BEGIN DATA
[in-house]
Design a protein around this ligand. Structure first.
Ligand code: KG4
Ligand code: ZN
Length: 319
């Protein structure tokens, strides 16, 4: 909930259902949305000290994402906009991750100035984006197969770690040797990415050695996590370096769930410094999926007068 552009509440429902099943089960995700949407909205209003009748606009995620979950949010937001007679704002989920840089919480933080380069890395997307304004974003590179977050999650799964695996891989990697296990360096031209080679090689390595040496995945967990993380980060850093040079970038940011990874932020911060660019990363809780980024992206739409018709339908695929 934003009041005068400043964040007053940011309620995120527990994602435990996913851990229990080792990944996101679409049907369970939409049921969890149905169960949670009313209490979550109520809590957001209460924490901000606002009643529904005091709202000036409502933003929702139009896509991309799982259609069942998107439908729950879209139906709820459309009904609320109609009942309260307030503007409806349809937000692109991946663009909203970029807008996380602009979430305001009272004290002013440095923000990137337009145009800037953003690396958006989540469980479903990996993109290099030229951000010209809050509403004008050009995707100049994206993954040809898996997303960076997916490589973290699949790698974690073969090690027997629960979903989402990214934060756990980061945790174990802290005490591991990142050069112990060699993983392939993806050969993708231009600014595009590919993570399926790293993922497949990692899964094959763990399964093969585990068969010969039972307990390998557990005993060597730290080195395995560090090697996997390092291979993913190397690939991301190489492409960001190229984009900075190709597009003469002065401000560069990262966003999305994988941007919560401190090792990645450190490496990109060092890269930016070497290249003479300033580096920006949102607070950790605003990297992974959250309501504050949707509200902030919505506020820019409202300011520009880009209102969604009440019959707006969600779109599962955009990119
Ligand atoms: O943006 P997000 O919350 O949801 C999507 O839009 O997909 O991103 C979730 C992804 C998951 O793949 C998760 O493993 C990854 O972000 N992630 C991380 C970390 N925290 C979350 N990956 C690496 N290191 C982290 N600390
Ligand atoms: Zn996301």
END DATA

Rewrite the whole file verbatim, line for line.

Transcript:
[in-house]
Design a protein around this ligand. Structure first.
Ligand code: KG4
Ligand code: ZN
Length: 319
């Protein structure tokens, strides 16, 4: 909930259902949305000290994402906009991750100035984006197969770690040797990415050695996590370096769930410094999926007068 552009509440429902099943089960995700949407909205209003009748606009995620979950949010937001007679704002989920840089919480933080380069890395997307304004974003590179977050999650799964695996891989990697296990360096031209080679090689390595040496995945967990993380980060850093040079970038940011990874932020911060660019990363809780980024992206739409018709339908695929 934003009041005068400043964040007053940011309620995120527990994602435990996913851990229990080792990944996101679409049907369970939409049921969890149905169960949670009313209490979550109520809590957001209460924490901000606002009643529904005091709202000036409502933003929702139009896509991309799982259609069942998107439908729950879209139906709820459309009904609320109609009942309260307030503007409806349809937000692109991946663009909203970029807008996380602009979430305001009272004290002013440095923000990137337009145009800037953003690396958006989540469980479903990996993109290099030229951000010209809050509403004008050009995707100049994206993954040809898996997303960076997916490589973290699949790698974690073969090690027997629960979903989402990214934060756990980061945790174990802290005490591991990142050069112990060699993983392939993806050969993708231009600014595009590919993570399926790293993922497949990692899964094959763990399964093969585990068969010969039972307990390998557990005993060597730290080195395995560090090697996997390092291979993913190397690939991301190489492409960001190229984009900075190709597009003469002065401000560069990262966003999305994988941007919560401190090792990645450190490496990109060092890269930016070497290249003479300033580096920006949102607070950790605003990297992974959250309501504050949707509200902030919505506020820019409202300011520009880009209102969604009440019959707006969600779109599962955009990119
Ligand atoms: O943006 P997000 O919350 O949801 C999507 O839009 O997909 O991103 C979730 C992804 C998951 O793949 C998760 O493993 C990854 O972000 N992630 C991380 C970390 N925290 C979350 N990956 C690496 N290191 C982290 N600390
Ligand atoms: Zn996301």